Modi has damaged India by converting anger into communal hatred: Rahul Gandhi

Congress Vice President writes in the Financial Times about the damage two crucial decisions of the Modi government-demonetisation and GST- has caused

Photo courtesy: Twitter
Photo courtesy: Twitter

NH Web Desk

Rahul Gandhi’s article in the Financial Times makes these valid points on the implementation of crucial economic decisions- demonetisation and Goods and Services Tax:

One year ago Narendra Modi bypassed the Reserve Bank of India, locked his cabinet in a room and gave the country just four hours notice before announcing his arbitrary and unilateral demonetisation scheme. Overnight 86 per cent of the value of India’s currency was withdrawn from circulation.

The prime minister claimed his decision was aimed at wiping out corruption. Twelve months on the only thing he has wiped out is confidence in our once booming economy.

Demonetisation has wiped out 2 per cent of India’s gross domestic product, destroyed the informal labour sector and has wiped out many small and medium businesses. It has ruined the lives of millions of hard-working Indians. The Centre for Monitoring Indian Economy has calculated that over 1.5m people lost their jobs in the first four months of 2017 due to demonetisation.

This year, a hastily imposed and poorly conceptualised goods and services tax dealt another blow to our economy. Bureaucratic and complex, it has devastated livelihoods, creating a modern day “Licence Raj” that imposes rigid controls and gives vast powers to government officials.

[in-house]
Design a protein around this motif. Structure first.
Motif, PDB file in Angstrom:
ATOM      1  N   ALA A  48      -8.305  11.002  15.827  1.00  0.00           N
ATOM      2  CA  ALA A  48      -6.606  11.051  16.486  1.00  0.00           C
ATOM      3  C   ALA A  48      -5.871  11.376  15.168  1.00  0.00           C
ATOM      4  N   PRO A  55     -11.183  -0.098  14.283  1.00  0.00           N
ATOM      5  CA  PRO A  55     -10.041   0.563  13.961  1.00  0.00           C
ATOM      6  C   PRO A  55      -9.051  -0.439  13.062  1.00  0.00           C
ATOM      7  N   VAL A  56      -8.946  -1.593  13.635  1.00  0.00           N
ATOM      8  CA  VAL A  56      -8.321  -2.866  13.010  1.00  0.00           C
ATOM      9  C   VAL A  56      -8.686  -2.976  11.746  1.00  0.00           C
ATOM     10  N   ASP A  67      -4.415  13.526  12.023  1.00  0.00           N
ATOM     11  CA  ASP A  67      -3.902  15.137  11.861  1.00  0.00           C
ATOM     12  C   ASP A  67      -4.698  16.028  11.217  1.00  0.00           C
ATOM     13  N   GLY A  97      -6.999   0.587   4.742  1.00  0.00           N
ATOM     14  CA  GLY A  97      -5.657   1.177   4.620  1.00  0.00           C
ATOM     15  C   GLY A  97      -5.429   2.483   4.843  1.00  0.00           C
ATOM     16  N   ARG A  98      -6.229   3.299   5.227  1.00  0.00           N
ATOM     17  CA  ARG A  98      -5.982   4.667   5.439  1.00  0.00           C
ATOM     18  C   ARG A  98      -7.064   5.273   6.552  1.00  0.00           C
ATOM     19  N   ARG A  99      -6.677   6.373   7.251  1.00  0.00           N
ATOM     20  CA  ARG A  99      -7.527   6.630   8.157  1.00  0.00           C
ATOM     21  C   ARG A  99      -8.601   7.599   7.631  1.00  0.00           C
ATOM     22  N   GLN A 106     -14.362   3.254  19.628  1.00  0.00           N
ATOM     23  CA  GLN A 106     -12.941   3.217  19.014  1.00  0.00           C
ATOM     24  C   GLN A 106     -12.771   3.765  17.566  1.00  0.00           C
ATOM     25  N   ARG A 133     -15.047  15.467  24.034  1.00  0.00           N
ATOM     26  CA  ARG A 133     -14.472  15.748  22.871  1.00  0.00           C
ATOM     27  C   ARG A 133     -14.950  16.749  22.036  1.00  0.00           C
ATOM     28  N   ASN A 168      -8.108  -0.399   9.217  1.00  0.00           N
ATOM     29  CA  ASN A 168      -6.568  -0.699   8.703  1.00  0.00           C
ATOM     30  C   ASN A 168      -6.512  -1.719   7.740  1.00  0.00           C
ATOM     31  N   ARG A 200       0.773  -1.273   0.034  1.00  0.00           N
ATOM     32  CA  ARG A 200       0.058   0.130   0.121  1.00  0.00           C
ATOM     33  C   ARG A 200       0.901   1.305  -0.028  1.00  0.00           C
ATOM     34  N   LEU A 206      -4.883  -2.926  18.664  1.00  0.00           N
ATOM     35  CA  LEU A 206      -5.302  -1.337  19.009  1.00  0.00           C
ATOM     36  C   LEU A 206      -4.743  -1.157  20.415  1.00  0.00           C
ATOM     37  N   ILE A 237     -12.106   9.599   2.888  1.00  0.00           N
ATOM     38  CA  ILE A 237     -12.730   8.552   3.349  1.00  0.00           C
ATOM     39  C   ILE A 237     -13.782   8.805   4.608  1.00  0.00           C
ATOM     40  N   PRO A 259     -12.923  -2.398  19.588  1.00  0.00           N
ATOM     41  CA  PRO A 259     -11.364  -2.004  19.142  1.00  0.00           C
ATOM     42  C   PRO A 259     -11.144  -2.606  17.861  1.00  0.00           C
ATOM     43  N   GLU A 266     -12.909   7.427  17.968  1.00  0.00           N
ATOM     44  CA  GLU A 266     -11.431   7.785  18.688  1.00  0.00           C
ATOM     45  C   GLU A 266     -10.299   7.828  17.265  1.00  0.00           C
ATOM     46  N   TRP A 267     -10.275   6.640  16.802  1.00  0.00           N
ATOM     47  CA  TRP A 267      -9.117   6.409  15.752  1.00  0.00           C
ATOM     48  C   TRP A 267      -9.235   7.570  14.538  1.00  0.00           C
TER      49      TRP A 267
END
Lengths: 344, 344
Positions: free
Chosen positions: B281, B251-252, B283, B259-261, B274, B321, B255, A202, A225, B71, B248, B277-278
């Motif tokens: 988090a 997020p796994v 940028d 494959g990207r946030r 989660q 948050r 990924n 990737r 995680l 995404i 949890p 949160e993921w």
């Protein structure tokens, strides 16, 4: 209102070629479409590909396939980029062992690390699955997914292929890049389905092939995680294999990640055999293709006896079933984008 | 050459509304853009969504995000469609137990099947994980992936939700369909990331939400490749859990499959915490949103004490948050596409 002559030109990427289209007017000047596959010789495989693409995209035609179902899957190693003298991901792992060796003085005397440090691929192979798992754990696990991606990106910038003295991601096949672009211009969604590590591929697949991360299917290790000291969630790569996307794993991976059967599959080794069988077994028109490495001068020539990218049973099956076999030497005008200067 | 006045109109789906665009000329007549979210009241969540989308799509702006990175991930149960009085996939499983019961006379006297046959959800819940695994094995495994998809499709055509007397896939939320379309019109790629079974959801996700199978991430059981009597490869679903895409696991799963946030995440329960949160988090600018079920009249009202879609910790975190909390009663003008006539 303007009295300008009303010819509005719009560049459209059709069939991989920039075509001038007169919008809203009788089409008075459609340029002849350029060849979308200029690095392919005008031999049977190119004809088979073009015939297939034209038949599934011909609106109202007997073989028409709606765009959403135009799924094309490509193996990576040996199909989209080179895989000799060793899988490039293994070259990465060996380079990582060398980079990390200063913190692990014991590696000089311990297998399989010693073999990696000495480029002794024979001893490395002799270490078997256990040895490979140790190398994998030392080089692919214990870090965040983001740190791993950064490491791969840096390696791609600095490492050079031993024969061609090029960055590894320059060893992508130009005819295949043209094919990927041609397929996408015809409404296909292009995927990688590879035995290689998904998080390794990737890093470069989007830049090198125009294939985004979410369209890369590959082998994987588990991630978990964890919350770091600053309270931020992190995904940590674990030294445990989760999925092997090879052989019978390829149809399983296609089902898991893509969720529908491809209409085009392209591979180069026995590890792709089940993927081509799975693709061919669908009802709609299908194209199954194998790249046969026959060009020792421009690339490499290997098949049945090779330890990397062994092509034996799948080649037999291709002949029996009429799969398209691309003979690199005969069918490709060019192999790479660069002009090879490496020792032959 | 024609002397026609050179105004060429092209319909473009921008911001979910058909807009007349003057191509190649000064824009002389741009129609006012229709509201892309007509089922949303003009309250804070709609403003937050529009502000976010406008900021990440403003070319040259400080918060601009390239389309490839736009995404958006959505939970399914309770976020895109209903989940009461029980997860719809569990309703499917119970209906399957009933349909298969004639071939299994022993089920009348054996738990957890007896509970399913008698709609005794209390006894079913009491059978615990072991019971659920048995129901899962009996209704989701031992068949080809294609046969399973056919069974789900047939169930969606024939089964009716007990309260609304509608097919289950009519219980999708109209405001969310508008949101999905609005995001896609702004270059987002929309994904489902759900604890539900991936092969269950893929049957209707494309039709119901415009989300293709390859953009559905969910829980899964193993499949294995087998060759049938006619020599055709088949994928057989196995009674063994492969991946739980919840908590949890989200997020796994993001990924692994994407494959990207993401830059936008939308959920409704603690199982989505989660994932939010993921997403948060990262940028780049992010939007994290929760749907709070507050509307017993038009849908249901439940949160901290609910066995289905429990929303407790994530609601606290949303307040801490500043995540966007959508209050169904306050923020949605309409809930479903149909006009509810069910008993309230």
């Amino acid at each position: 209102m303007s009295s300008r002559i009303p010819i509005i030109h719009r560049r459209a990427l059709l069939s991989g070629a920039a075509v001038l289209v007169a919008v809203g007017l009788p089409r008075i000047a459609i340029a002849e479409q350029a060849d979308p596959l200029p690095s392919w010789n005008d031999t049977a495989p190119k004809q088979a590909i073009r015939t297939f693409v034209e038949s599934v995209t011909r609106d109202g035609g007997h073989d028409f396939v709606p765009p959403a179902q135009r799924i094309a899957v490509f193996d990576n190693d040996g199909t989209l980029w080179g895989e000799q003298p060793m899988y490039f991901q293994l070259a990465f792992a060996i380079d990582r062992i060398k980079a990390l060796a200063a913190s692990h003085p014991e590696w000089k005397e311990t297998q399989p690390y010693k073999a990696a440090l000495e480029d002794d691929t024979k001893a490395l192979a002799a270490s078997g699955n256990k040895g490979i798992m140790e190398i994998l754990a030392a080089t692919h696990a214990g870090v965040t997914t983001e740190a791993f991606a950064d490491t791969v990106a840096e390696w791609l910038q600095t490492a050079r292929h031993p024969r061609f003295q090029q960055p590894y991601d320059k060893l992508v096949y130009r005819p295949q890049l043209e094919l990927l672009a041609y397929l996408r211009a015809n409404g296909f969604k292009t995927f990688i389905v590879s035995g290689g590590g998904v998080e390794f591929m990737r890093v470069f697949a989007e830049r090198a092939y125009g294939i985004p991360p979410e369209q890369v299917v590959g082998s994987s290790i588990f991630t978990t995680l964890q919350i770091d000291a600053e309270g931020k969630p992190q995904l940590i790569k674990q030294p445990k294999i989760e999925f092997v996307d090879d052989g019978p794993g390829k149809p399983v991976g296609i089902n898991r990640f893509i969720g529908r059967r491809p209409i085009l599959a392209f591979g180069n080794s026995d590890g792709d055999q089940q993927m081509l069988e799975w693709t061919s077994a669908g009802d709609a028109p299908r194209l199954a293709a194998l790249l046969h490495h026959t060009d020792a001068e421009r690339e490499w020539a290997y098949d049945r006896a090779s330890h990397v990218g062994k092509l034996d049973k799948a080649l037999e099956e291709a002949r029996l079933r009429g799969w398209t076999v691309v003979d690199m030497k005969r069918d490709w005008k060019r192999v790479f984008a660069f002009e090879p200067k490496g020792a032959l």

These two acts come at a time when global forces place particular demands on India’s economic model. One of the primary responsibilities of a state is to provide vocation to its people. China’s global monopoly on blue-collar jobs is a fundamental challenge to other states. This has created millions of disenfranchised and angry workers who express their frustration at the ballot box — whether in votes for Mr Modi, Brexit, or Donald Trump.

In democracies, information once resided in institutional silos accessible only to a limited number of people. The internet has destroyed those monopolies. Connectivity and the transparency it inspires has positively transformed the world, but in doing so it has also irreparably damaged the machinery of our institutions. The resulting fragmentation has created an environment in which strongmen can flourish apparently unchecked.

Chinese political organisation combined with communications technology to transform the factory. In the 1990s, Chinese manufacturing accounted for a mere 3 per cent of the world’s goods by output value, today that figure is closer to a quarter. Their costs are lower than any of their western competitors; they manufacture at scale; and are not burdened by dissent, workers’ rights or the interruptions of transparency. According to official figures, China currently creates on average 50,000 jobs every single day; India under Mr Modi manages only 500.

This advantage comes with a brutal cost — China’s people are not free to speak, to dissent or to question and those that do are swiftly and severely punished. This is not a model India should emulate.

For India, the real force capable of meeting the Chinese job challenge is our huge network of micro, small and medium businesses. They represent India’s innovative capabilities and have the skills, knowledge and understanding to take on China’s manufacturing machine. We urgently need to empower these networks and connect them to capital and technology. But instead of helping them grow, the Modi government has fatally wounded them with demonetisation and a flawed new tax.

Mr Modi has damaged India by converting anger created by joblessness and lack of economic opportunity into communal hatred. He has chosen to hide behind a shallow, hate-filled political narrative. Anger might have brought Mr Modi to power but it will never create jobs or fix India’s institutions.

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Published: 08 Nov 2017, 2:20 PM